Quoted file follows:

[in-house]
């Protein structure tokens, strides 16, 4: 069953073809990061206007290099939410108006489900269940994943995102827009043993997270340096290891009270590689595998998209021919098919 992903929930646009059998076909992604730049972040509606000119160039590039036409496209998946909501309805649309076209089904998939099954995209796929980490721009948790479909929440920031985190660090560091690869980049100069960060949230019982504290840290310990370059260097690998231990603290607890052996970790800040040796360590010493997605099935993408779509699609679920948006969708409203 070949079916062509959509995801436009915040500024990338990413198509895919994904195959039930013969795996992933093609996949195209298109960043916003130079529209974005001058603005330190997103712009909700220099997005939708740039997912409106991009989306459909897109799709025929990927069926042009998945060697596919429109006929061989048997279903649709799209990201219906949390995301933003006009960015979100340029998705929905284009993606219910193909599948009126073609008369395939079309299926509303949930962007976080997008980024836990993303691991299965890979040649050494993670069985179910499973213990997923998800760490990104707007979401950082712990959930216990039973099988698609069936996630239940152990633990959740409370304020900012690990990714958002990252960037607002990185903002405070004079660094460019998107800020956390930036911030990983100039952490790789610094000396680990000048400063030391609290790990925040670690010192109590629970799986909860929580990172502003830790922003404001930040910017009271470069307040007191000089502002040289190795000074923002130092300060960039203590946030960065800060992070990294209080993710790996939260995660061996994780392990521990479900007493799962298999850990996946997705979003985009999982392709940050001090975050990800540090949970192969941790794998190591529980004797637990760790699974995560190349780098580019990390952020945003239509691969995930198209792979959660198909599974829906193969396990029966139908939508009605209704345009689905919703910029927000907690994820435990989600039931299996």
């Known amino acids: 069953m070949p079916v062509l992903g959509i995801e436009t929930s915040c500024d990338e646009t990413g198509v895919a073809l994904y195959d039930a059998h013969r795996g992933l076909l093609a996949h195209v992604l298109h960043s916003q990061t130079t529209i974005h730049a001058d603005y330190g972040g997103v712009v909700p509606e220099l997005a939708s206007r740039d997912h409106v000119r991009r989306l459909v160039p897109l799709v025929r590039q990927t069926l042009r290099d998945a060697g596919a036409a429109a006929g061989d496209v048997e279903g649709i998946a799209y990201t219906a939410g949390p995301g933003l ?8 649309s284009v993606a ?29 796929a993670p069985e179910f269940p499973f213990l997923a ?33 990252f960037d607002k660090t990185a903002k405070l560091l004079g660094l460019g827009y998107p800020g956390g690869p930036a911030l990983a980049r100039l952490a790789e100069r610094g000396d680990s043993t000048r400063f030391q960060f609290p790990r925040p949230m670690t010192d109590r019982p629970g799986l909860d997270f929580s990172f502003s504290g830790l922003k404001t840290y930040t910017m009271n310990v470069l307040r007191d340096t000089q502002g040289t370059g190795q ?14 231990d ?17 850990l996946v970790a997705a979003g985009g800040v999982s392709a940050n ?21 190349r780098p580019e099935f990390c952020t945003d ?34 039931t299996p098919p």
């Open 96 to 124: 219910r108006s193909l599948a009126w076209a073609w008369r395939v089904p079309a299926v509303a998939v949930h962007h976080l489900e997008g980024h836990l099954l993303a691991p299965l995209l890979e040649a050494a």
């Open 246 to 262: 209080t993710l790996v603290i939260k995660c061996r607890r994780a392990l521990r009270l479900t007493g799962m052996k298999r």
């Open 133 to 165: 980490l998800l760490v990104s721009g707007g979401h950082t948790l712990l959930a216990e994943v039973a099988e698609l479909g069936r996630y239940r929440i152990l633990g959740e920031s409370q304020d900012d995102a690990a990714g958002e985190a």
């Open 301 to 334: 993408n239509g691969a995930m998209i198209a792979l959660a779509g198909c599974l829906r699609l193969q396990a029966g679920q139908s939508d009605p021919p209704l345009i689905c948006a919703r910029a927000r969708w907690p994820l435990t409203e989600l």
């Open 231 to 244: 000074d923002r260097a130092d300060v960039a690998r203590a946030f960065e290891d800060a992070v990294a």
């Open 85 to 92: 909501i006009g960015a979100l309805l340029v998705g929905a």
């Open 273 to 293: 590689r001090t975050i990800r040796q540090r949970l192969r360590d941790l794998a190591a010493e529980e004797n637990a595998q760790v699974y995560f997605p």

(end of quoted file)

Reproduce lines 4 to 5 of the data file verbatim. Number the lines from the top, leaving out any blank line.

């Open 96 to 124: 219910r108006s193909l599948a009126w076209a073609w008369r395939v089904p079309a299926v509303a998939v949930h962007h976080l489900e997008g980024h836990l099954l993303a691991p299965l995209l890979e040649a050494a």
């Open 246 to 262: 209080t993710l790996v603290i939260k995660c061996r607890r994780a392990l521990r009270l479900t007493g799962m052996k298999r």